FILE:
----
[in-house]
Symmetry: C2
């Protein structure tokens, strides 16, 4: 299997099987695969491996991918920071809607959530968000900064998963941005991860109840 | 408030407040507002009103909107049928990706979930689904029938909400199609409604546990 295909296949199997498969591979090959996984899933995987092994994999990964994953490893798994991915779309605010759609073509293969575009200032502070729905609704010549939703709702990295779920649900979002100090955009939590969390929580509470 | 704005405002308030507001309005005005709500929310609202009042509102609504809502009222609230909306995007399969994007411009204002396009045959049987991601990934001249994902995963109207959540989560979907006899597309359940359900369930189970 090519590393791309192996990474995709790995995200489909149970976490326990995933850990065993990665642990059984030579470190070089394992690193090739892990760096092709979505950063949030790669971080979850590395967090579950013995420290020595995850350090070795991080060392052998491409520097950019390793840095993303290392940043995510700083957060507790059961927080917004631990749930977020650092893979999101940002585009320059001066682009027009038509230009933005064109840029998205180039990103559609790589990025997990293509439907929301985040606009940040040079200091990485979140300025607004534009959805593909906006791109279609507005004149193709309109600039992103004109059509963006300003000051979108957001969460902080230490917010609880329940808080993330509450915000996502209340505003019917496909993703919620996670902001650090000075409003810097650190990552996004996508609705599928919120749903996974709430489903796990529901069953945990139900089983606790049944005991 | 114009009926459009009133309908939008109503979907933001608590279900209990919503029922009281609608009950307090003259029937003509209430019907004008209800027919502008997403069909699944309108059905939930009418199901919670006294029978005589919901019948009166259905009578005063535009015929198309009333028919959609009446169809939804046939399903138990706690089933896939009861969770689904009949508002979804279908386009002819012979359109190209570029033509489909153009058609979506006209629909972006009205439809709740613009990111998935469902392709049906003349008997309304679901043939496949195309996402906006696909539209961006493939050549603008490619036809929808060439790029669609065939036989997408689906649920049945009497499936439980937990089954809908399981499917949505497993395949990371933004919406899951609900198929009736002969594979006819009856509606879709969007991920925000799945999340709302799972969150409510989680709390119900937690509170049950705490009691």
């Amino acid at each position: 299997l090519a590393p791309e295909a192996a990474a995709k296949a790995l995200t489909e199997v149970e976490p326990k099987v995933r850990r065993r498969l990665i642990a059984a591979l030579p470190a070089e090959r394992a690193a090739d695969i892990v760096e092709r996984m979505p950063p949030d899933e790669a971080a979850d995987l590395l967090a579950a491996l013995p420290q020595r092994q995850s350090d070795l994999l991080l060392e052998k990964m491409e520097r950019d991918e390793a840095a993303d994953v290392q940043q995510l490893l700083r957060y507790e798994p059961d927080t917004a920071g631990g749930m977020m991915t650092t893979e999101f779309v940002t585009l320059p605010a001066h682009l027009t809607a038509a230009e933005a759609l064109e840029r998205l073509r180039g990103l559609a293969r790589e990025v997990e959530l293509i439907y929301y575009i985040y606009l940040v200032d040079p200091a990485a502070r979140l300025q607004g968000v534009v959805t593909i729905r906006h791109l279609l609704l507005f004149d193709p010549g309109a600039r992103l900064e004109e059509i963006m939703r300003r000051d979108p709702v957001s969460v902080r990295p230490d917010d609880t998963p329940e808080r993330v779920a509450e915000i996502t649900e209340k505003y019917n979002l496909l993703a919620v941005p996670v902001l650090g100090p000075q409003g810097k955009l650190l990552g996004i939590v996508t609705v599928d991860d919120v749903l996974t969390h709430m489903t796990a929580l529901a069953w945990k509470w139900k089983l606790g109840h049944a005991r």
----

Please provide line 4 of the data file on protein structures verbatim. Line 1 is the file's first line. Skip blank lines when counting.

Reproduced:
């Amino acid at each position: 299997l090519a590393p791309e295909a192996a990474a995709k296949a790995l995200t489909e199997v149970e976490p326990k099987v995933r850990r065993r498969l990665i642990a059984a591979l030579p470190a070089e090959r394992a690193a090739d695969i892990v760096e092709r996984m979505p950063p949030d899933e790669a971080a979850d995987l590395l967090a579950a491996l013995p420290q020595r092994q995850s350090d070795l994999l991080l060392e052998k990964m491409e520097r950019d991918e390793a840095a993303d994953v290392q940043q995510l490893l700083r957060y507790e798994p059961d927080t917004a920071g631990g749930m977020m991915t650092t893979e999101f779309v940002t585009l320059p605010a001066h682009l027009t809607a038509a230009e933005a759609l064109e840029r998205l073509r180039g990103l559609a293969r790589e990025v997990e959530l293509i439907y929301y575009i985040y606009l940040v200032d040079p200091a990485a502070r979140l300025q607004g968000v534009v959805t593909i729905r906006h791109l279609l609704l507005f004149d193709p010549g309109a600039r992103l900064e004109e059509i963006m939703r300003r000051d979108p709702v957001s969460v902080r990295p230490d917010d609880t998963p329940e808080r993330v779920a509450e915000i996502t649900e209340k505003y019917n979002l496909l993703a919620v941005p996670v902001l650090g100090p000075q409003g810097k955009l650190l990552g996004i939590v996508t609705v599928d991860d919120v749903l996974t969390h709430m489903t796990a929580l529901a069953w945990k509470w139900k089983l606790g109840h049944a005991r």